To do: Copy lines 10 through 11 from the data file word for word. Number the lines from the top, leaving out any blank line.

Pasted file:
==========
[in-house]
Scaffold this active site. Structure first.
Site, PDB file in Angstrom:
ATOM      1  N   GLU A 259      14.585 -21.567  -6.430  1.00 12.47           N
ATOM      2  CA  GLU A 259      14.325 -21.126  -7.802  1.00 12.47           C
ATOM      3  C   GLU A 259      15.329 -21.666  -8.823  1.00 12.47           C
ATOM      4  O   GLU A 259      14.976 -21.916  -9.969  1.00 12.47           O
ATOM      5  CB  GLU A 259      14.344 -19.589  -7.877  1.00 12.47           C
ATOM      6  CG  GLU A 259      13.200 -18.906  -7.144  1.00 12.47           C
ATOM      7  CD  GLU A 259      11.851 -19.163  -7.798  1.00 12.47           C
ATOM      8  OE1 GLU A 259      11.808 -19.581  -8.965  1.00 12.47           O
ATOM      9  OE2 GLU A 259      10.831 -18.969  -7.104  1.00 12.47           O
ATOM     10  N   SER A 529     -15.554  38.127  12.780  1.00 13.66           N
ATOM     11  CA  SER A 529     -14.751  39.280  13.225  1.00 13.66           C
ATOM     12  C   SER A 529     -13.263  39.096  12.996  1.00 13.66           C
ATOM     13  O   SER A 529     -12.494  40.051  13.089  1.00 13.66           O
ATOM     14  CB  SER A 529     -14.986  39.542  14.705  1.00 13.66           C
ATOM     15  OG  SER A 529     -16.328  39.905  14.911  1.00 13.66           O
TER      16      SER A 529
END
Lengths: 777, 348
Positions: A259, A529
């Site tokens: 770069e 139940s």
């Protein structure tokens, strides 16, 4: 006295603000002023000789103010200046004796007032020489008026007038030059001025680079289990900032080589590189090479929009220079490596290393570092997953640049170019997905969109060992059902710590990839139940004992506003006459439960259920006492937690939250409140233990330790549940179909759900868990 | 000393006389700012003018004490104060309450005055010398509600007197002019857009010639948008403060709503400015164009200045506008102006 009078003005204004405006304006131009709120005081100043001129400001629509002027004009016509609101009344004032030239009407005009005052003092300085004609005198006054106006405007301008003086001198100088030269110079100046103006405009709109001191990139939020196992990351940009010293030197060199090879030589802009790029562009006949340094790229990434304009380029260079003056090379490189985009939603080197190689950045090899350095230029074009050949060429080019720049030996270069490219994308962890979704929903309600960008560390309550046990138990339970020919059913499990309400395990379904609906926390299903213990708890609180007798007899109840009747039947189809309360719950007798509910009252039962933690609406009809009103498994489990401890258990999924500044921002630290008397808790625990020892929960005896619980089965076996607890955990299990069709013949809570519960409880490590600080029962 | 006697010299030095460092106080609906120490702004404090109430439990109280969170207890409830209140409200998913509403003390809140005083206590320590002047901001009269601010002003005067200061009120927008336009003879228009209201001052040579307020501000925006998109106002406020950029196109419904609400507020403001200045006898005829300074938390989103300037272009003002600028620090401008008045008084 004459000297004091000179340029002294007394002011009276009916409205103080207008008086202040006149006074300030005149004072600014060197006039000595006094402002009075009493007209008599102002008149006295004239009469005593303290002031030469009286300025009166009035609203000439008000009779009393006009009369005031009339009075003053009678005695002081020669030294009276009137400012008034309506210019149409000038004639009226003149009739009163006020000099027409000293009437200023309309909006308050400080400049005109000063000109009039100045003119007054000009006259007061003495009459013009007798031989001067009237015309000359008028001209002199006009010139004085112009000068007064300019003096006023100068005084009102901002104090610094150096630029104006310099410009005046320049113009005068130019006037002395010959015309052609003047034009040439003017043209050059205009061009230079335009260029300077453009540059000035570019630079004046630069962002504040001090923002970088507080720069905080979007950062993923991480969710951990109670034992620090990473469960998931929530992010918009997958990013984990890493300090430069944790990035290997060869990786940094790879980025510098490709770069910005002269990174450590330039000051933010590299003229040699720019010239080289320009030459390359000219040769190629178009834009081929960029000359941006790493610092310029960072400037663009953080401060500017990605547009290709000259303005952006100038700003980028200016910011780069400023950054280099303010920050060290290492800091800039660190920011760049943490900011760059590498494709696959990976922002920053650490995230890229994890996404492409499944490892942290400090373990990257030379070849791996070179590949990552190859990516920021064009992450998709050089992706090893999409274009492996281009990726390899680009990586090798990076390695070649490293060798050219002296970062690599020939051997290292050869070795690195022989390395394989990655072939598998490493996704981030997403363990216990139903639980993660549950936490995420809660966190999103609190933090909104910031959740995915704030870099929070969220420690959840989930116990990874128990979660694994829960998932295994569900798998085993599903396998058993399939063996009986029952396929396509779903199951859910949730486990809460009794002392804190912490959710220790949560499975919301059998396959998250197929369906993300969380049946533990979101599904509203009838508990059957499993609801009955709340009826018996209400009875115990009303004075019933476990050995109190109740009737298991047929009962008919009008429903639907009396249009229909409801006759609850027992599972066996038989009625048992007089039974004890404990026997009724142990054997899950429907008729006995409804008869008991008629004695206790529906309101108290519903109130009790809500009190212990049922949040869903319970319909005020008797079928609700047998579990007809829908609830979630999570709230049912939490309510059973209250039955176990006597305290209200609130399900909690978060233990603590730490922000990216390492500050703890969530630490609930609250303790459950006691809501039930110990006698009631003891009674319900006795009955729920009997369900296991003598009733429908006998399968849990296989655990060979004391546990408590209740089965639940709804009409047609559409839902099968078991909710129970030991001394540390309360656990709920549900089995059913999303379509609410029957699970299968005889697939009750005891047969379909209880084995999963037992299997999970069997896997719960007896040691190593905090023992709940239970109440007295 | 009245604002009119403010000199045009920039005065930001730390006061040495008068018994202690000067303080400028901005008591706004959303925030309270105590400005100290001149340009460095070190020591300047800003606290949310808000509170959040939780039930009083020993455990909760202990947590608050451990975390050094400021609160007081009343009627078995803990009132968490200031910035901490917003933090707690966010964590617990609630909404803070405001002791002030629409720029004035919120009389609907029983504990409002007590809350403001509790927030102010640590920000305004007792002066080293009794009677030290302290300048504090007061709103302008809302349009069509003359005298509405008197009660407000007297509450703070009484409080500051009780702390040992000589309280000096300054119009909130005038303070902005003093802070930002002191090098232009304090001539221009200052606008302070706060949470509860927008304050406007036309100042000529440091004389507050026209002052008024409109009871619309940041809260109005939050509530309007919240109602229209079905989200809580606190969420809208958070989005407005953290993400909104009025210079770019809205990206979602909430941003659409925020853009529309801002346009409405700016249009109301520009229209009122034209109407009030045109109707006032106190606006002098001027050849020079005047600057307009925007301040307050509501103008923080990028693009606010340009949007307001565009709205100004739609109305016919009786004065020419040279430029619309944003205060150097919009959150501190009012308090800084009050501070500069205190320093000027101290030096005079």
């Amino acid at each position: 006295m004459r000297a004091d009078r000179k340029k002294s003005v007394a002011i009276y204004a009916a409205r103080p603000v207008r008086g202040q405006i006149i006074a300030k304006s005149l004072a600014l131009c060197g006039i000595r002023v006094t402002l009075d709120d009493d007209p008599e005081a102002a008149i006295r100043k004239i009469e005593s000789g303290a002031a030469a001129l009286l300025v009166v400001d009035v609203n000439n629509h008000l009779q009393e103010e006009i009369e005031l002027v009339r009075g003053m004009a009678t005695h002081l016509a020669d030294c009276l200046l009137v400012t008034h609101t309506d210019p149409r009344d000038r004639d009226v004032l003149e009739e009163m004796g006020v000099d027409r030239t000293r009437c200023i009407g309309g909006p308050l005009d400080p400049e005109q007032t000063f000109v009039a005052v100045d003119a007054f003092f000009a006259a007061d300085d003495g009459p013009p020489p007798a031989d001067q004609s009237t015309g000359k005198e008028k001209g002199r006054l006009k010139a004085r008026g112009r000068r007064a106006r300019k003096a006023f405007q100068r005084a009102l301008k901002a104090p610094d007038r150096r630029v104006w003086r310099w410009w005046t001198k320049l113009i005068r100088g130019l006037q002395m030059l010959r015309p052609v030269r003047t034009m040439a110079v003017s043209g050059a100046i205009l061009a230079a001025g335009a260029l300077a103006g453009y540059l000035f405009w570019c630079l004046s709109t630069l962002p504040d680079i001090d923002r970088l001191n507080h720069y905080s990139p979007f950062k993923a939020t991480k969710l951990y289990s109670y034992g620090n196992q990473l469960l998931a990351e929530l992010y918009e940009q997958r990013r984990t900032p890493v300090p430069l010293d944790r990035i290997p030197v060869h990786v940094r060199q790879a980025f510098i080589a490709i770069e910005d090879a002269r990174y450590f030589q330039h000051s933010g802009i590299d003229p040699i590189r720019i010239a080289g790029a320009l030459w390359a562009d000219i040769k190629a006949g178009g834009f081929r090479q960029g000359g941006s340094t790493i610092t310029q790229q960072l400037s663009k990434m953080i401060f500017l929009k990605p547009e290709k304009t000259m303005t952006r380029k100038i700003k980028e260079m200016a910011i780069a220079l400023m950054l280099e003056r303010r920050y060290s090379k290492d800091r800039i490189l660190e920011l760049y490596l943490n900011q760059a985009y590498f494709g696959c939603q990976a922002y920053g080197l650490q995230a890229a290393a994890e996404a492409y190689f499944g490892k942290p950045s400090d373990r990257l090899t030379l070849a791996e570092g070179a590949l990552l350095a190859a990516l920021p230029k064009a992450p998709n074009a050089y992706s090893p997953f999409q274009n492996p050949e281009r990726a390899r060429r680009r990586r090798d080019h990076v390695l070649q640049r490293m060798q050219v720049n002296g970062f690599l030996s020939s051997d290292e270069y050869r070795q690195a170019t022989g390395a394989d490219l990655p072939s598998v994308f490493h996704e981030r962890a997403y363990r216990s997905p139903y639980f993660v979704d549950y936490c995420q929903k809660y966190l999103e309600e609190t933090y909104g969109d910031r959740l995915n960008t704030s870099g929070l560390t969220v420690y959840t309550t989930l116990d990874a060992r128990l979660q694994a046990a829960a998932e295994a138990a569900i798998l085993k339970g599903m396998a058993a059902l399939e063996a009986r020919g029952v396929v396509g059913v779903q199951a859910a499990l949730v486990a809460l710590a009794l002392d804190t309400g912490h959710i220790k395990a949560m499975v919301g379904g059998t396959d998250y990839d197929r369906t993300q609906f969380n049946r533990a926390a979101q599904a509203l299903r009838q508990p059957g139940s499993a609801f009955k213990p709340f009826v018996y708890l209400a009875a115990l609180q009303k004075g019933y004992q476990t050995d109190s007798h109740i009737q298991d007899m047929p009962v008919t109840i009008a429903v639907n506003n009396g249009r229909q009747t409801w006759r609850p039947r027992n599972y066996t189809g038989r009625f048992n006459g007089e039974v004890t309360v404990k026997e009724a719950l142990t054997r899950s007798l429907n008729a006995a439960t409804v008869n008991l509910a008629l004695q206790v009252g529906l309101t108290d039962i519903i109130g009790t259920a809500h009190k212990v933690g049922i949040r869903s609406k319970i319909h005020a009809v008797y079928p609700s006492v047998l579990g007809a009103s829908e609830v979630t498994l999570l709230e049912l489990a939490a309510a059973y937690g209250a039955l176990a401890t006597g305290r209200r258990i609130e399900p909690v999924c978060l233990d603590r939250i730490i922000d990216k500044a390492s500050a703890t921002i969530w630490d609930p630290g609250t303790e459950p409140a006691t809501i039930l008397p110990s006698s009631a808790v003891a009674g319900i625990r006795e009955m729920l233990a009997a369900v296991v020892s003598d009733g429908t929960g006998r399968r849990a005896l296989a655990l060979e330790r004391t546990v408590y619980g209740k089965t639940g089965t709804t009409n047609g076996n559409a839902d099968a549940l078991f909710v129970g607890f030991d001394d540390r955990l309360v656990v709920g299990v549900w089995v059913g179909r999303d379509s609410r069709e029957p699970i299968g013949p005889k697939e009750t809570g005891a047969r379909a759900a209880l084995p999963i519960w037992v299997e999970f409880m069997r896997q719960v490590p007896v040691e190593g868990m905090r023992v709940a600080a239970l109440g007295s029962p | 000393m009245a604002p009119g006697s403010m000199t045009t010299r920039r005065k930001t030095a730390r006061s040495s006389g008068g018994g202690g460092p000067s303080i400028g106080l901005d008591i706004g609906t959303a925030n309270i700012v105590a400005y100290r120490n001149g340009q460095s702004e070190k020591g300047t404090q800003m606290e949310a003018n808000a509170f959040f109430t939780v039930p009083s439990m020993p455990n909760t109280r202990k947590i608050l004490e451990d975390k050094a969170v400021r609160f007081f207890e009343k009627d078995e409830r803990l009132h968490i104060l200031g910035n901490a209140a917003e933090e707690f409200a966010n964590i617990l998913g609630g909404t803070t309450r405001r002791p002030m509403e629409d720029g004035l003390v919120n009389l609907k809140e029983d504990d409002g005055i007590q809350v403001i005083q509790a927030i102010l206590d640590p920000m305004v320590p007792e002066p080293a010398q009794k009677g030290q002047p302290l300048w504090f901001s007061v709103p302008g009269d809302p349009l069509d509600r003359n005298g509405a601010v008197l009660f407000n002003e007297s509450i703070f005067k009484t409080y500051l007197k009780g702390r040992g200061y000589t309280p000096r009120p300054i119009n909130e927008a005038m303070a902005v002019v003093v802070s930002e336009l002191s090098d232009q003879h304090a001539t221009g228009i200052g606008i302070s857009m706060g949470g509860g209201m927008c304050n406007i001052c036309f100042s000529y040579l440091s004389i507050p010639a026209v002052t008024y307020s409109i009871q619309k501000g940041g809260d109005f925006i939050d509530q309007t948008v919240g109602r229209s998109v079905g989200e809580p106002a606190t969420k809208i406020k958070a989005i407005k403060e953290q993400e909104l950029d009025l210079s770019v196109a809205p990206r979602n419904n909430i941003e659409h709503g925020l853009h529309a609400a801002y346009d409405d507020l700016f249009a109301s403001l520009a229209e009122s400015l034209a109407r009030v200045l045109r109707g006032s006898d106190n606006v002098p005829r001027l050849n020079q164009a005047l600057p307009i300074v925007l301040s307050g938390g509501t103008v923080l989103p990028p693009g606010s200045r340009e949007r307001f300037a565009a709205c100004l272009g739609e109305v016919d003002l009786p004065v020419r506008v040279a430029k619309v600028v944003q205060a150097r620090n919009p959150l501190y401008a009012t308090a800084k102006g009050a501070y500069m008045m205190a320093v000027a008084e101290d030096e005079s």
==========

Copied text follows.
ATOM      7  CD  GLU A 259      11.851 -19.163  -7.798  1.00 12.47           C
ATOM      8  OE1 GLU A 259      11.808 -19.581  -8.965  1.00 12.47           O